Teen Texting Epidemic

Melissa is a 16 year old from Valley Stream, New York. She is currently a junior in high school and is assiduously studying for her AP and SAT Exams.

Texting amongst teenagers is an obsession. There is a very limited chance that you can walk into a room and not see a teenager or even an adult on their cell phone, fingers typing away rapidly on the keyboard. I recently went to Bingo Night at my school, and one of the adults was texting while she was also conversing with her friend at the table. She apologized for being rude, but her friend told her not to worry about it, because it’s a social norm. That is what texting has become- a socially accepted norm.

However, this norm has escalated to a point where teenagers are glued to their phones. Many of my own friends send more than 5,000 text messages a month, and would literally cry if they did not have unlimited texting. What do teens text you ask? Well from my knowledge, most girls text to relay a really important message, describing the day’s climatic events; or other teens are having a casual conversation when they are bored. Texting has become increasingly popular in recent years because it is: easier to communicate, and texting gives teens a reprieve from saying something emotional or something else of the crucial sort to someone’s face. When saying something crucial to someone over text, it is a habit for many teens to check their phone constantly to make sure they have not missed the reply. Or in some cases, the heightened anticipation of waiting leads to a churn in the stomach and an “OH MY GOD” moment, with you thinking “Did I really send that risky text?

In addition, when teens are bored in class, they shrewdly whip out their phone to leave the teacher’s drowsy voice behind. Even if there is nothing at all to talk about, I might get a text in the middle of class, with the words “Hey what’s up,” from my friend who is sitting in the row next to me. Or the text might say something she could not say out loud; whether it be chastising the teacher or a complaint about how she wants the weekend to come already. (Yes, I occasionally look at my cell phone in school, which is tucked in my pocketbook- I think all teens are guilty of it!)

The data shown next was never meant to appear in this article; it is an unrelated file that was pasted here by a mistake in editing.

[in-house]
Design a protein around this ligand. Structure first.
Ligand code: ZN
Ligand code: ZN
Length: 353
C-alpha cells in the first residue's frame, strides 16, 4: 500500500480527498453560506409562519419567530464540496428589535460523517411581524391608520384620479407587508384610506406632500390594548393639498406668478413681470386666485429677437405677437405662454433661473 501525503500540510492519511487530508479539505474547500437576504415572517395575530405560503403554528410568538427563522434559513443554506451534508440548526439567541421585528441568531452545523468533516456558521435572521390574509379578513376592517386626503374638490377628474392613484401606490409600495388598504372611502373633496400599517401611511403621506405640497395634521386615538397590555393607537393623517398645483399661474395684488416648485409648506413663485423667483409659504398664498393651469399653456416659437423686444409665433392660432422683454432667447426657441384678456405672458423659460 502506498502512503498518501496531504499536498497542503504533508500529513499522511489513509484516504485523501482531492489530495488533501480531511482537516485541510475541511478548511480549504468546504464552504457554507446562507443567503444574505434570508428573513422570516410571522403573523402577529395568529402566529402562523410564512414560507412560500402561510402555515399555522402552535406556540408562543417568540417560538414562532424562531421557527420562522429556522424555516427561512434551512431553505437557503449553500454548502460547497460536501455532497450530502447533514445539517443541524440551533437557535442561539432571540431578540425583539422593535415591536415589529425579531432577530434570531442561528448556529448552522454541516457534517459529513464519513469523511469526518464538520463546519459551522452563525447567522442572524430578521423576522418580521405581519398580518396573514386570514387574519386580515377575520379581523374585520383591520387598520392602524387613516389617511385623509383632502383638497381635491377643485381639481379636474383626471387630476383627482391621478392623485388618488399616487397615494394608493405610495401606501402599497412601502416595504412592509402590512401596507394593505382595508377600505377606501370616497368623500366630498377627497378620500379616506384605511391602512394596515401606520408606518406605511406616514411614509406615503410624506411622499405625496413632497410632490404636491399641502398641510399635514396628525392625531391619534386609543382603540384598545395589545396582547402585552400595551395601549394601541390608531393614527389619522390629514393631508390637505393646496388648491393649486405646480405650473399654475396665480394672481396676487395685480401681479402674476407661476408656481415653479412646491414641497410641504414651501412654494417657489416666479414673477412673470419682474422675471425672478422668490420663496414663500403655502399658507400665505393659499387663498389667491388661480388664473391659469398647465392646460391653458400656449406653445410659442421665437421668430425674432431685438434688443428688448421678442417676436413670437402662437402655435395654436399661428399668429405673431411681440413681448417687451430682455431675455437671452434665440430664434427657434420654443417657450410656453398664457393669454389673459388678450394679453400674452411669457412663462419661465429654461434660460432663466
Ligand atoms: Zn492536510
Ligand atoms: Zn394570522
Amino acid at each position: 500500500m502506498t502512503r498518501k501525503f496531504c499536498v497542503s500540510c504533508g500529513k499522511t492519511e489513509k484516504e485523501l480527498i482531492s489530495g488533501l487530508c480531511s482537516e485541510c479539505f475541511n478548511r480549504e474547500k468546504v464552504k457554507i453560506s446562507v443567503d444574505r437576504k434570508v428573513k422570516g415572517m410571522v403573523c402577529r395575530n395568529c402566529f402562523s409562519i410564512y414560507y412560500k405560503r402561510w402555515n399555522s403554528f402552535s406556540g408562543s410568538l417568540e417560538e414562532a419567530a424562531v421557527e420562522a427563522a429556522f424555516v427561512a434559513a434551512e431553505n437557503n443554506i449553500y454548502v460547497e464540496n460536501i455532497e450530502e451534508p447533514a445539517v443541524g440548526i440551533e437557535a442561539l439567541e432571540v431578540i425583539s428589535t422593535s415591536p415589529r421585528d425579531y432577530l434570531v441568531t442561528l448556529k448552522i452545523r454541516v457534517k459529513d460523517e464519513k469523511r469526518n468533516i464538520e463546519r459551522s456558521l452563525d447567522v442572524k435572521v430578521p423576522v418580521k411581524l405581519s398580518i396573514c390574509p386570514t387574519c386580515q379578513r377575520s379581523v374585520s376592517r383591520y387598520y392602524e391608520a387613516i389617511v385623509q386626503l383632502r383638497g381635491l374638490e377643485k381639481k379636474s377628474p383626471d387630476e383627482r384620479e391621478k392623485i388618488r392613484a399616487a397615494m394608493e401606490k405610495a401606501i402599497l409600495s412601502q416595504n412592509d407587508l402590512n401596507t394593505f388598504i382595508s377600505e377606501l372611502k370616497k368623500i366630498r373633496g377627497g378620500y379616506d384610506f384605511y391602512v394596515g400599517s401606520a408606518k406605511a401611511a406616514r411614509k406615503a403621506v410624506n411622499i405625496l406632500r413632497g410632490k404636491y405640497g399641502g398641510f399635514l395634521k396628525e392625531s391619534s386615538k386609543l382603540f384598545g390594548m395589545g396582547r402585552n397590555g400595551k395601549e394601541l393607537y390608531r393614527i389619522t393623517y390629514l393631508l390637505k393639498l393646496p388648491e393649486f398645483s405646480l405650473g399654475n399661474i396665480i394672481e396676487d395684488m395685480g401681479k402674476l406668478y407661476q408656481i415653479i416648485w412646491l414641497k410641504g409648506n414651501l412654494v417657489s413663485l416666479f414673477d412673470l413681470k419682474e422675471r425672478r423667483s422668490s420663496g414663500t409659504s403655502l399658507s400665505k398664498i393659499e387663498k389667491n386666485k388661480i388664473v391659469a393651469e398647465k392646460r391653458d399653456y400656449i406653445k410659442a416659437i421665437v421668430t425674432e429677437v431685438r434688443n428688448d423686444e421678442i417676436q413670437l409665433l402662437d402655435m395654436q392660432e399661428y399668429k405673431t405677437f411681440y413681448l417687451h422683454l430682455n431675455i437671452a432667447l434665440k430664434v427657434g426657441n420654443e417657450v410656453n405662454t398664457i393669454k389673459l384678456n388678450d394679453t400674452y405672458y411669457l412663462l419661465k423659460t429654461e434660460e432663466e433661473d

These little texting habits soon become an addiction. A large majority of teens have said they cannot live without their phones. While that statement made by many teens might be a stretch, it is certainly a valid point. Teens LIVE on their phones. And I mean it. Even if we don’t have a text message, we check it just to make sure we didn’t accidentally miss the vibration sound in our jacket pocket, or to send a random text message when bored. Waiting in a dentist or doctor’s office with nothing to do leads to teens whipping out their phone and casually texting. Texting especially becomes useful in awkward situations. When at a party where you do not know anyone, even if you are not actually texting someone, pretending to text is useful because it shows that you are “pre-occupied” with something else and lessens the awkwardness.

All these little texting factors lead up to a bigger epidemic. An addiction to texting takes away the time teens have to study, or to gain physical exercise. Sitting on the couch texting your boyfriend or girlfriend or friend or cousin 24/7 is not going to help you get into a college, or further your goals in life. Lay low on the texting. There are other things to enjoy in life as well!

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